In a previous column, I suggested that the cost of adding new top level domain names (TLDs) could be quite high for businesses and existing trademark owners, not just financially, but also in terms of vigilant policing on the Web for trademark infringement. I also suggested that merely adding additional TLDs might not get at the root problem in addressing the perceived scarcity of domain names.
This installment looks at some of the history that has taken us to this point, the means by which Internet Corporation for Assigned Names and Numbers (ICANN) could reassign content providers, and offers some reasons why those reassignments may be unlikely to occur.
Dating at least as far back as 1996, the United States Department of Commerce was committed to facilitating the 'Information Superhighway' as a private sector development. [See 'A Nation of Opportunity: Realizing the Promise of the Information Superhighway' (GAO 1996)]
Within two years following this white paper's publication, Commerce entered into a 'Memorandum of Understanding' with ICANN regarding private development of domain names. In the Memorandum, ICANN was assigned the tasks of increasing competition and facilitating international participation in the domain name system. [See Section IIA of the memo.]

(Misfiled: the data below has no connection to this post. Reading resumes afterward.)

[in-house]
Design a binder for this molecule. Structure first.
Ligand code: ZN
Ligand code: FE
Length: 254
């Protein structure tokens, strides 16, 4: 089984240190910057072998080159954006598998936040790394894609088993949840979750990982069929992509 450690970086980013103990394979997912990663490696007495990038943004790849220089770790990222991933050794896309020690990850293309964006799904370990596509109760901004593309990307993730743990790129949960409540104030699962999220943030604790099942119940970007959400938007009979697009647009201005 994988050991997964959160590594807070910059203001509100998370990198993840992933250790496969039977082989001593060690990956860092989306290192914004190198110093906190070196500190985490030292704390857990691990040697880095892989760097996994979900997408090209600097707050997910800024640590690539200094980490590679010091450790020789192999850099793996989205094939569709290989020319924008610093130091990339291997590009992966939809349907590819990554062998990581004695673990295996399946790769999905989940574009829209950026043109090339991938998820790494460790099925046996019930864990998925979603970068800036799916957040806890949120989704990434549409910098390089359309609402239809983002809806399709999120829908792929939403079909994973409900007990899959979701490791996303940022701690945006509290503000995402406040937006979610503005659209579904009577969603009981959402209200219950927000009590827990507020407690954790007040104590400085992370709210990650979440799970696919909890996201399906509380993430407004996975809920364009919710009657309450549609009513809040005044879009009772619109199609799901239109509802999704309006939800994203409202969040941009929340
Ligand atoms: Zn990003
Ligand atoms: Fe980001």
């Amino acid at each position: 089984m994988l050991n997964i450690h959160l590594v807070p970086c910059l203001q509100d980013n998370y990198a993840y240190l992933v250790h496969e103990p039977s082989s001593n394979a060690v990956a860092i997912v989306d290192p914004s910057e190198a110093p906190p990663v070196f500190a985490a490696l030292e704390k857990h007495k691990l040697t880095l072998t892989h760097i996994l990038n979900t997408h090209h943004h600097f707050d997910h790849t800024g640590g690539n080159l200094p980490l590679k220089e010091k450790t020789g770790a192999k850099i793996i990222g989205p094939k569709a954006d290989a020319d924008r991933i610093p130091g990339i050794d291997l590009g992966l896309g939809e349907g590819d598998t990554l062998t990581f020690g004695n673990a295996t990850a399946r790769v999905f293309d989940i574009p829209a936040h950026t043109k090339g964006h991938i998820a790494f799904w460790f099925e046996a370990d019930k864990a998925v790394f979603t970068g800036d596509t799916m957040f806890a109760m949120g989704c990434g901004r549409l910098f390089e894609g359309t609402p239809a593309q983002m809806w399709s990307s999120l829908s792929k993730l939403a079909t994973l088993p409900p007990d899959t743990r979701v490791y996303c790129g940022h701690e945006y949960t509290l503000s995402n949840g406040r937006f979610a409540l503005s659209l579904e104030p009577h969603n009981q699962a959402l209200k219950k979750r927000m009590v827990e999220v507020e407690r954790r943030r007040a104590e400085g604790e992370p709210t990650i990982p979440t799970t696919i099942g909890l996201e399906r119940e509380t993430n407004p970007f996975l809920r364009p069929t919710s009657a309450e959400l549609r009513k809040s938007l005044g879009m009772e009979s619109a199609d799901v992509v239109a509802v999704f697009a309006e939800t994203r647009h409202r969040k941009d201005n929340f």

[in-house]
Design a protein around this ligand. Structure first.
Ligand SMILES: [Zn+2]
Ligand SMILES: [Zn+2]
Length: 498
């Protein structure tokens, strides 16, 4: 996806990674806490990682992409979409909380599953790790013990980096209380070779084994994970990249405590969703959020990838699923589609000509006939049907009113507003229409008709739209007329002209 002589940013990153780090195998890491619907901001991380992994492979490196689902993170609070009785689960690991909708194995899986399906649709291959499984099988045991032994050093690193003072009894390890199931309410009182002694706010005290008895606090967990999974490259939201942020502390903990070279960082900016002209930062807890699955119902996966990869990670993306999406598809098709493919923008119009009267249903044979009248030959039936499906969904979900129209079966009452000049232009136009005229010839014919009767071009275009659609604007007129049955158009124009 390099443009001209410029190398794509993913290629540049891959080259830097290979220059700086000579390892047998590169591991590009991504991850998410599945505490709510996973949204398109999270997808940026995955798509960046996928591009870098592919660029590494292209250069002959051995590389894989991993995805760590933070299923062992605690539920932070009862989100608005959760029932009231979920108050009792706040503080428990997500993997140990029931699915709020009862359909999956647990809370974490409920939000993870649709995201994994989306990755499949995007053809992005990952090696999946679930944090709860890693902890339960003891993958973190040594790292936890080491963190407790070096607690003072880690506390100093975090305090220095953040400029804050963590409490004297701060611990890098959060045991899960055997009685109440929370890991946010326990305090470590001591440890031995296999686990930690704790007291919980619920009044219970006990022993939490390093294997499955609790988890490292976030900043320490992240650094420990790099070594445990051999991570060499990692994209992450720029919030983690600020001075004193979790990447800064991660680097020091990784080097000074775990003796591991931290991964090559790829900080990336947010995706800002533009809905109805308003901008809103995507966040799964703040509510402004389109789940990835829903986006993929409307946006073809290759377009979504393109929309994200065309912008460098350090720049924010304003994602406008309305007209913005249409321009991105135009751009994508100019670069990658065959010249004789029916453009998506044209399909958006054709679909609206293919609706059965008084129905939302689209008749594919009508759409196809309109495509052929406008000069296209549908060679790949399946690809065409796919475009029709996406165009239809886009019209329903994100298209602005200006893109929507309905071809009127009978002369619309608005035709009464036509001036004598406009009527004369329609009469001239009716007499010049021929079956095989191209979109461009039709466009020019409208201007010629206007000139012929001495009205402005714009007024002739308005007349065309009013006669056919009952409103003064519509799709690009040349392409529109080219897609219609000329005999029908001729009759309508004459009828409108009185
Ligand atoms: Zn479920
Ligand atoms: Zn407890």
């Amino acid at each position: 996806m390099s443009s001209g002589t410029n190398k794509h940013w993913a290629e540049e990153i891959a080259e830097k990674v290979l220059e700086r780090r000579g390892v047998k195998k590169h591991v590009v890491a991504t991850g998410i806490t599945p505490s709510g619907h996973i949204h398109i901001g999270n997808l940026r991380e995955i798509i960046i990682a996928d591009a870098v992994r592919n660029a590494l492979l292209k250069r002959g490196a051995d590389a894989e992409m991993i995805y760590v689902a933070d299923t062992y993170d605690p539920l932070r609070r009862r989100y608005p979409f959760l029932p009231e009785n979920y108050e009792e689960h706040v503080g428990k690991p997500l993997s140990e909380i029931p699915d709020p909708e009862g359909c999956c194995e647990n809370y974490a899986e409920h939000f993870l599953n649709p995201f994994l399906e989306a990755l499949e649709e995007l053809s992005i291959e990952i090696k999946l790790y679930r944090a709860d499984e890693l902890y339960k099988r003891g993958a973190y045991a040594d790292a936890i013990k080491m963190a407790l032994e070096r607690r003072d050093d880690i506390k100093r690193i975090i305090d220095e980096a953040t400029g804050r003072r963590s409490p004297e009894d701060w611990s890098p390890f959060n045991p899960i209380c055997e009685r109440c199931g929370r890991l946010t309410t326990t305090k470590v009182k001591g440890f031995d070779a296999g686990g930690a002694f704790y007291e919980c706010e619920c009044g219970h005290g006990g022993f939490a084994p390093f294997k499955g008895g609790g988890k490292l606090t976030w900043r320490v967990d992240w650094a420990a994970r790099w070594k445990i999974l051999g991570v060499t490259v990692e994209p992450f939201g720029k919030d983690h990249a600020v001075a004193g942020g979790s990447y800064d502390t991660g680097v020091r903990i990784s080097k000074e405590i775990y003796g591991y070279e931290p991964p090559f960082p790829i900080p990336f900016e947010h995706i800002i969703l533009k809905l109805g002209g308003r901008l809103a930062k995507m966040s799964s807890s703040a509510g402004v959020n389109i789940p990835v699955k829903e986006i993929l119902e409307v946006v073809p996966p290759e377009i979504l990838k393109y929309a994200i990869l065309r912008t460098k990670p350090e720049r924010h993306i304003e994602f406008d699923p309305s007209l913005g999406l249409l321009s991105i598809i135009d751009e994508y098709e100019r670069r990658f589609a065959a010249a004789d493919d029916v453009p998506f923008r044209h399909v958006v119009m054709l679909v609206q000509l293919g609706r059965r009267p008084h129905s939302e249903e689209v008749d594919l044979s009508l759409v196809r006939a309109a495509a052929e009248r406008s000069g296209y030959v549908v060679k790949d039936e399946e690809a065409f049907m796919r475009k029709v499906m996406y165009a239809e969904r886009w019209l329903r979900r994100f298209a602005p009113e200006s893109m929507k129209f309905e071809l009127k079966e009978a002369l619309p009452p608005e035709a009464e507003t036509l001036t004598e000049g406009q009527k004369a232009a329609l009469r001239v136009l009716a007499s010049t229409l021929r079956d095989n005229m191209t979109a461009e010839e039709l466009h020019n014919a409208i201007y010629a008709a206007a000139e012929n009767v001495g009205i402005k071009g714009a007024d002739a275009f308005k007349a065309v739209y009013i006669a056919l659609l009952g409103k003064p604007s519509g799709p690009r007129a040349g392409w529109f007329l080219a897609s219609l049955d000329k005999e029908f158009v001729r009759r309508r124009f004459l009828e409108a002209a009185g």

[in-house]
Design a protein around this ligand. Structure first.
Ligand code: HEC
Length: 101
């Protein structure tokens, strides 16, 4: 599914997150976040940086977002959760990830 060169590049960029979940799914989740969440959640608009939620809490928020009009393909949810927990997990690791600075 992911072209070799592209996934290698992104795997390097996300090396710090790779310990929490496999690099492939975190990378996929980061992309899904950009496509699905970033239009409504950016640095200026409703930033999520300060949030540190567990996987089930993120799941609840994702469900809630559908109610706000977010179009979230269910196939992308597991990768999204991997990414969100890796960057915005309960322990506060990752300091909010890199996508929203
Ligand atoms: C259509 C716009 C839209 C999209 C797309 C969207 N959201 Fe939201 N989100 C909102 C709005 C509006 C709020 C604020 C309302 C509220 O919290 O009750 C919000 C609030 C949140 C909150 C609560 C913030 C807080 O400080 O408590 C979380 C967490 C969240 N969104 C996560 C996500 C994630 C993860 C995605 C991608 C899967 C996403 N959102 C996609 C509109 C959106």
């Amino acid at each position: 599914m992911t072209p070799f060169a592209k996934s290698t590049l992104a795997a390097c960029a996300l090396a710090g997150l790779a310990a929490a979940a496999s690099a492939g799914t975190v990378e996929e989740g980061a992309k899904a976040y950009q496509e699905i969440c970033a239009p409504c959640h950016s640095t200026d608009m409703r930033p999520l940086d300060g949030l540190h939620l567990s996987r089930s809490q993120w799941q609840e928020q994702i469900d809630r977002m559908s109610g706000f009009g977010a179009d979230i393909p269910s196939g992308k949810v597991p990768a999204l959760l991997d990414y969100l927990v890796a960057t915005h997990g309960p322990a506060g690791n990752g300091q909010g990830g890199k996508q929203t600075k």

ICANN is a California non-profit corporation. [A copy of its bylaws are available here]. It operates as an independent corporation, free to contract with whomever it wishes and upon which terms it decides are appropriate.
In the United States, private parties such as ICANN possess the freedom to contract on negotiated and negotiable terms. They can routinely specify the performance that they expect from one another in their contractual relations. A party in a superior bargaining position will be allowed to make decisions about the other party?s performance, provided that the bargain is fundamentally fair. And, absent some abuse, courts generally will not step into the fray to set aside the agreement.
From inviting new domain name proposals to policing the conduct of Internet businesses, ICANN wields considerable authority in how Internet commerce is accomplished. With the authority delegated to it to assign top level domain names, and the power to control the routing of almost all Internet traffic, ICANN could literally destroy a Web site?s value with the flip of a switch.
This power also gives ICANN considerable muscle in policing the Web against abuses. ICANN can enforce its directives with contract provisions designed to implement its policy decisions. Thus far, the body has acted with moderate restraint, using its might to enforce registrants to comply with the Uniform Domain-Name Dispute-Resolution Policy in exchange for name assignment. However, there is little doubt that it could become more active, and the creation of additional TLDs is one place where that could occur.
The Need for Additional TLDs
Initially, there were just four TLDs available to private users for registration: dot-com, dot-edu, dot-org, and dot-net. The limitation to four TLDs produced considerable criticism as the market for the reselling of registered domain names blossomed, and as the number of useful names under the existing four TLDs became registered and unavailable.